This rare, miniature 1598 prayer book (Ashkenazi Rite) was used by medieval German-speaking Jews. It is part of an exhibit of early Muslim, Christian and Jewish texts at the British Library, London.
Several of the world’s earliest surviving texts of the Christian, Jewish and Muslim faiths are being exhibited side by side for the first time in a major exhibition at the British Library in London.
The Duke of Edinburgh and Prince Moulay Rachid of Morocco presided at the recent inauguration of “Sacred – Discover what we share” which runs, with free public admission, until Sept. 23.
Interactive audio-visual devices explain the history and ceremonies of the three monotheistic religions, and a program of colourful events on the library forecourt include gospel choirs and a performance by the whirling Dervish dancer Zia Azazi.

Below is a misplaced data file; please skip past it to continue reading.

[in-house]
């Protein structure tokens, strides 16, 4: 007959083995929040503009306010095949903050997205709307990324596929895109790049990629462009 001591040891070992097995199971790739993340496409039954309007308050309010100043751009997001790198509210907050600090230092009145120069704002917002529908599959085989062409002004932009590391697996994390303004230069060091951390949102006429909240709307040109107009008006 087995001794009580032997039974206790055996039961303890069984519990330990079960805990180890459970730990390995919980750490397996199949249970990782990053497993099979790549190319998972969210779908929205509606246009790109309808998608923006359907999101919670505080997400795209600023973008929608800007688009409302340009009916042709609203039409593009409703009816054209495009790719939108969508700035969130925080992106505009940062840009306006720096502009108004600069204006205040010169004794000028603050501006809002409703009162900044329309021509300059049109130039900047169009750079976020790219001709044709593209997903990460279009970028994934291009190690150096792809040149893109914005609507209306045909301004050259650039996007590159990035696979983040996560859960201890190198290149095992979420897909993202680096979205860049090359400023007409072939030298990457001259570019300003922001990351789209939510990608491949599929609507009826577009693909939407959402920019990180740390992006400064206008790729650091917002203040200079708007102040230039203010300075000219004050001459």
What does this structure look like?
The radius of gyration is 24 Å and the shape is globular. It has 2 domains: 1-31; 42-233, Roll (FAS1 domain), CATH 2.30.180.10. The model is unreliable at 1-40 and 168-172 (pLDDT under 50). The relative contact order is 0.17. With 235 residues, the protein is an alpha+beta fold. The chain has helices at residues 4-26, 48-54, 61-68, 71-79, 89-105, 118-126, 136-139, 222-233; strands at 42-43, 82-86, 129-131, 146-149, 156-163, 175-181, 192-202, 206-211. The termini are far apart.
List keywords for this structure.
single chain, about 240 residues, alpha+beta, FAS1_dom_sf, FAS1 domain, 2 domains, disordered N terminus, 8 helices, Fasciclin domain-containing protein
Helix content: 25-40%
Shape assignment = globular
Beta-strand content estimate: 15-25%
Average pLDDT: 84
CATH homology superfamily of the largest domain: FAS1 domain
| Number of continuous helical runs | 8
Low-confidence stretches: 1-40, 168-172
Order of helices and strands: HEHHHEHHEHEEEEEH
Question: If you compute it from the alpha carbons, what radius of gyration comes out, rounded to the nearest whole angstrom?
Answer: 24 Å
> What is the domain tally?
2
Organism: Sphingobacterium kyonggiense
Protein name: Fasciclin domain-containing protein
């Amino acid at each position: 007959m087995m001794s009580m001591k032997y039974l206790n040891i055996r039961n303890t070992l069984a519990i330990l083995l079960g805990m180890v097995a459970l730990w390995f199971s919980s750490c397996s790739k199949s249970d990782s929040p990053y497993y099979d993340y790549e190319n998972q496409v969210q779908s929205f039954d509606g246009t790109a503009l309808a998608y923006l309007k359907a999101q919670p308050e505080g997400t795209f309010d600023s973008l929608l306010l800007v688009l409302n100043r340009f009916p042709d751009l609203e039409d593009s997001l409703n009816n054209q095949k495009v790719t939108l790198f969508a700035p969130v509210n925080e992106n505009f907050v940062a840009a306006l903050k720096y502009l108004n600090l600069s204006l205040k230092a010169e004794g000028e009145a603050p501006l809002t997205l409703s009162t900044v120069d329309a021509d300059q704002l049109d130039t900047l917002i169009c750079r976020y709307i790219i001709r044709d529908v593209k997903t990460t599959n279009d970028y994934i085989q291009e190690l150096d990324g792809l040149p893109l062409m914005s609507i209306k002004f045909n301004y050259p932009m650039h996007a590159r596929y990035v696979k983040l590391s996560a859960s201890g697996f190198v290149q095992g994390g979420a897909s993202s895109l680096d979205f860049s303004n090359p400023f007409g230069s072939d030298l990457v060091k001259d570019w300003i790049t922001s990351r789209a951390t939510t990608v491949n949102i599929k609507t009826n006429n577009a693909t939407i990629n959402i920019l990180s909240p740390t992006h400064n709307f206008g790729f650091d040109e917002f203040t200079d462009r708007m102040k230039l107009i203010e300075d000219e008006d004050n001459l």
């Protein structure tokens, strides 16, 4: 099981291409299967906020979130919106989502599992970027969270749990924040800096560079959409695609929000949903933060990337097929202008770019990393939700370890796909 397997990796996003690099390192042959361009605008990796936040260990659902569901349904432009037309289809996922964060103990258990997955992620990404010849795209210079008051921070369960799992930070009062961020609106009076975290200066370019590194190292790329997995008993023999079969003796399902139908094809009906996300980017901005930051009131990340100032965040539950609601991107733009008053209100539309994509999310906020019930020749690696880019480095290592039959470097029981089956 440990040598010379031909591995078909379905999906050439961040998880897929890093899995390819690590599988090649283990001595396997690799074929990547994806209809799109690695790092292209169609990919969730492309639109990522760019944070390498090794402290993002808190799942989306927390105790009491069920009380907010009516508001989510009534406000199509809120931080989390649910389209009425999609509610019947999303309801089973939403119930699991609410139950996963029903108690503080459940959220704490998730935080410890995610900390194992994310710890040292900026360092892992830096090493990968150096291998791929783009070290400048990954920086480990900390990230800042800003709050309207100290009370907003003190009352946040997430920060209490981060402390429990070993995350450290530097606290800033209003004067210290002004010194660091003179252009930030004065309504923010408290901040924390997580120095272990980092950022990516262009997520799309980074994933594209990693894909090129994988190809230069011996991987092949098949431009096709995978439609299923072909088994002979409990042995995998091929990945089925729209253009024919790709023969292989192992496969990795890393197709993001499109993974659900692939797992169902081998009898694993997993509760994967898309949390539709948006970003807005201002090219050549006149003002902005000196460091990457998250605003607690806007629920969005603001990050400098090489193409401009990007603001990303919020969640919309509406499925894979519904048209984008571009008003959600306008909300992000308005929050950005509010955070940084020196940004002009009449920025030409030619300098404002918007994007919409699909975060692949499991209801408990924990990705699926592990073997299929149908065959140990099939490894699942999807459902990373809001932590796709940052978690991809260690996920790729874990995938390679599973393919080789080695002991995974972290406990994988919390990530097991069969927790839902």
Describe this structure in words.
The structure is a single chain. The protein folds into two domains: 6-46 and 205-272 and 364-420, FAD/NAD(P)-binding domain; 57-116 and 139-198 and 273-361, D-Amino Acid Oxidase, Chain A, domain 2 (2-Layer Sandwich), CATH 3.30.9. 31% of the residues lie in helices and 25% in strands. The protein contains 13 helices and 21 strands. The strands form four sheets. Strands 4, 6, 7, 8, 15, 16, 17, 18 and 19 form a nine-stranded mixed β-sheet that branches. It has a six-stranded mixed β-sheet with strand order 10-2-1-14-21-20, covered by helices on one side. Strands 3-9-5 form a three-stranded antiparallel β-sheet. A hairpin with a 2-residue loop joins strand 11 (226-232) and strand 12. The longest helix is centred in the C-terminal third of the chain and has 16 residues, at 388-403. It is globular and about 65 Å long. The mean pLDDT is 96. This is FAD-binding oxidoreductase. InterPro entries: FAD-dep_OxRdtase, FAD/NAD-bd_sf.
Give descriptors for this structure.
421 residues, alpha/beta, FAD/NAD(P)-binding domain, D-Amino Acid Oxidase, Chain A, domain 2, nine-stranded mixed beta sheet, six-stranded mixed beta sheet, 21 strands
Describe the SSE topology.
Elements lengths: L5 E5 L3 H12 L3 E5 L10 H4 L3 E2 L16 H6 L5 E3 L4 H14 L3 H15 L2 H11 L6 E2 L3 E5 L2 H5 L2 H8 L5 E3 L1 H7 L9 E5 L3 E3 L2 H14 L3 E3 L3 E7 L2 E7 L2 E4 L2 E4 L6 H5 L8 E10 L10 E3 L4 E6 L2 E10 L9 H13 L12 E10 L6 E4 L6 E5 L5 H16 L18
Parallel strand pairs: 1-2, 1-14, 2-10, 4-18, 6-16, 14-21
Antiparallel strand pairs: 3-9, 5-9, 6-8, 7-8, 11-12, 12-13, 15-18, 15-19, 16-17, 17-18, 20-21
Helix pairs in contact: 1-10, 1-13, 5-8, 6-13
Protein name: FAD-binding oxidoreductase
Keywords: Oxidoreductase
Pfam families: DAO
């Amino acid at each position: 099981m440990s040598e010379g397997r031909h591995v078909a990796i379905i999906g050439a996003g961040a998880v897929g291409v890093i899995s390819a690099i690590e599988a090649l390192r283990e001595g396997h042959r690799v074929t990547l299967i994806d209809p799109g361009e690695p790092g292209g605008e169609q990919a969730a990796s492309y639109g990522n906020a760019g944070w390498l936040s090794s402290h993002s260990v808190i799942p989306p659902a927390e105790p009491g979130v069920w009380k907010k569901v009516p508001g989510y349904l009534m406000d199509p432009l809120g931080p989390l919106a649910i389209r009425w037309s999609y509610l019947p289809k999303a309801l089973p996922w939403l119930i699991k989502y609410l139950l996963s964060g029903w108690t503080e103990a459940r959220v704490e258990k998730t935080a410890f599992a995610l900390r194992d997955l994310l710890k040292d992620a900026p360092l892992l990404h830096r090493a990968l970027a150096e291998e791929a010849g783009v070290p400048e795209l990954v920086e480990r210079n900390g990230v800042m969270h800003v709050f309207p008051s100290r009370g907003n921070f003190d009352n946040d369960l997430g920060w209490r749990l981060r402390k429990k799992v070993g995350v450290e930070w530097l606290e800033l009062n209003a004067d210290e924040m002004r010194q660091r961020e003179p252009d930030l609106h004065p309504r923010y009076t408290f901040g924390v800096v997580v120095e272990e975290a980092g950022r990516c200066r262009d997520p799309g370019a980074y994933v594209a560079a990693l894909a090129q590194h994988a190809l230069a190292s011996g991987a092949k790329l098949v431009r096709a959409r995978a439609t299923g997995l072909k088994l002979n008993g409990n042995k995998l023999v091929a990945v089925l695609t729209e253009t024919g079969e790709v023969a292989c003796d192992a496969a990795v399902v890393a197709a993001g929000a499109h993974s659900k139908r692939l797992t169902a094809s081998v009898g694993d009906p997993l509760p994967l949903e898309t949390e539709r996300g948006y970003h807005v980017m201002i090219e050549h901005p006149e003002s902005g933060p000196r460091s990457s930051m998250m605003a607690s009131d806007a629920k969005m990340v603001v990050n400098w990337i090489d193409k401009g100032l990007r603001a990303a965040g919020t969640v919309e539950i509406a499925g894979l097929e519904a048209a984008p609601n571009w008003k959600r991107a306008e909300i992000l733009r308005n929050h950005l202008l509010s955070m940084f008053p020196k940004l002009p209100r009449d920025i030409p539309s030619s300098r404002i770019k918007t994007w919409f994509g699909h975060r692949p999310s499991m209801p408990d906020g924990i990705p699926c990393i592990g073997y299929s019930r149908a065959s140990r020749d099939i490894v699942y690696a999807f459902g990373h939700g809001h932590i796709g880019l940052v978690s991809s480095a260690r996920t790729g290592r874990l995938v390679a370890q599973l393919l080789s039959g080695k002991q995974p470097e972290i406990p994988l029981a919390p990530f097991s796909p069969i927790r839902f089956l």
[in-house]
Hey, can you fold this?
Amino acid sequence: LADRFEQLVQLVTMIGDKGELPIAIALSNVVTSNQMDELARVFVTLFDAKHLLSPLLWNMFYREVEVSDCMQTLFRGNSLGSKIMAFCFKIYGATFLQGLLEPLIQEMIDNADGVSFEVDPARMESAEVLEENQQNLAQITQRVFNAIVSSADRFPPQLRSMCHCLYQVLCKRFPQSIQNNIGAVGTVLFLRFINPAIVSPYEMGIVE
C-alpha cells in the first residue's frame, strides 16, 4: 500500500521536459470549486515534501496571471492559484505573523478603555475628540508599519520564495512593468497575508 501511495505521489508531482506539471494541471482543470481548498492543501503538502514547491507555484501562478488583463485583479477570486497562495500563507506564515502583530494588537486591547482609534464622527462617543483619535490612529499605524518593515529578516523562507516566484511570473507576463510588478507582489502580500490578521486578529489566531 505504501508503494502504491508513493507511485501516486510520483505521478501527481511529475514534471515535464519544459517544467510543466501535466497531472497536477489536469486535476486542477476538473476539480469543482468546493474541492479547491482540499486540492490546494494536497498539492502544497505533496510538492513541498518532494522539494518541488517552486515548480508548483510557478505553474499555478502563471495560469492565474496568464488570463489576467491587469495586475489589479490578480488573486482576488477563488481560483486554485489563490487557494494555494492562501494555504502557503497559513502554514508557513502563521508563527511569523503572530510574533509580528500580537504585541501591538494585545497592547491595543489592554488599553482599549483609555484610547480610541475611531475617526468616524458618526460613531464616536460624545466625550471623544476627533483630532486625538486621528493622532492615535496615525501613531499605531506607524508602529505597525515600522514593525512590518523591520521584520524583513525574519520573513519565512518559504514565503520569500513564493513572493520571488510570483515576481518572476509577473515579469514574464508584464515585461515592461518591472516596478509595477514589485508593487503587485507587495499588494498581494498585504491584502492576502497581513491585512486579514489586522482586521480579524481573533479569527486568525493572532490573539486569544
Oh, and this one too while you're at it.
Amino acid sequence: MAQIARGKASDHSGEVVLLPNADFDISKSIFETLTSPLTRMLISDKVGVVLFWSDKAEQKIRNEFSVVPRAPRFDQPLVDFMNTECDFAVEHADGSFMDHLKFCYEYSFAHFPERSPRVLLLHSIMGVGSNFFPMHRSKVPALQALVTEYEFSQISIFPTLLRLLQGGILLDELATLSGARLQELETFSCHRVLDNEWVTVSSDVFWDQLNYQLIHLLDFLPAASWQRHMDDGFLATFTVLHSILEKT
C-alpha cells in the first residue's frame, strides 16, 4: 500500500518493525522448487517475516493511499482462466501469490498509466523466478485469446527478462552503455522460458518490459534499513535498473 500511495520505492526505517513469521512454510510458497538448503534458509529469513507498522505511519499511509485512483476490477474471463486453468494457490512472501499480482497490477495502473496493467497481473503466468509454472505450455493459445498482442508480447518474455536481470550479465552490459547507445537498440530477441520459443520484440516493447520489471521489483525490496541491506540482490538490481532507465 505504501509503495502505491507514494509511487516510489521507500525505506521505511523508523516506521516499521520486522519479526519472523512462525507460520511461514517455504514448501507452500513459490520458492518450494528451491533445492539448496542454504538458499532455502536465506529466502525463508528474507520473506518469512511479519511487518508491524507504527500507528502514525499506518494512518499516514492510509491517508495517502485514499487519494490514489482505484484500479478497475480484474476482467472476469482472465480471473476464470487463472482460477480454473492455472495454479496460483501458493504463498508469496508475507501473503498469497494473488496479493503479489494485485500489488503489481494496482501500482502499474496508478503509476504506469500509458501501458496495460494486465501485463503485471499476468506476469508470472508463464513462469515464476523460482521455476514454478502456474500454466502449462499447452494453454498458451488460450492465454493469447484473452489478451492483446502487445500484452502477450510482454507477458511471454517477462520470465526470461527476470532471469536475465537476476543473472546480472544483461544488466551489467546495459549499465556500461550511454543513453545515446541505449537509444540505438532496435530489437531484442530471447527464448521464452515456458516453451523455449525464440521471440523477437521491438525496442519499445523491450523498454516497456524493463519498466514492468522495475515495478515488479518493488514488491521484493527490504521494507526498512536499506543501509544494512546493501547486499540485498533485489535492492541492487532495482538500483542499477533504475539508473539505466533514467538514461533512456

“We hope that this exhibition can make a significant contribution towards promoting better understanding of the three faiths,” curator Graham Shaw said. “We took the groundbreaking decision to display objects of the three religions side by side rather than in separate zones to show how they have interacted and influenced each other and how much they have in common.”
Among the oldest documents, he cited a Dead Sea Scroll fragment from AD 50, the Codex Sinaiticus, the oldest surviving complete copy of the New Testament in Greek dating from the fourth century A.D. and the Ma’il Qur’an from the first century of the Muslim Hijri calendar (early eighth century A.D.) which was penned within 100 years of the flight of the Prophet Muhammad from Mecca to Medina.
Another rare item is the Syraic Pentateuch, the earliest known dated Biblical manuscript written by Deacon John at Amida in Turkey in A.D. 463, which comprises the books of Genesis, Exodus, Leviticus, Numbers and Deuteronomy.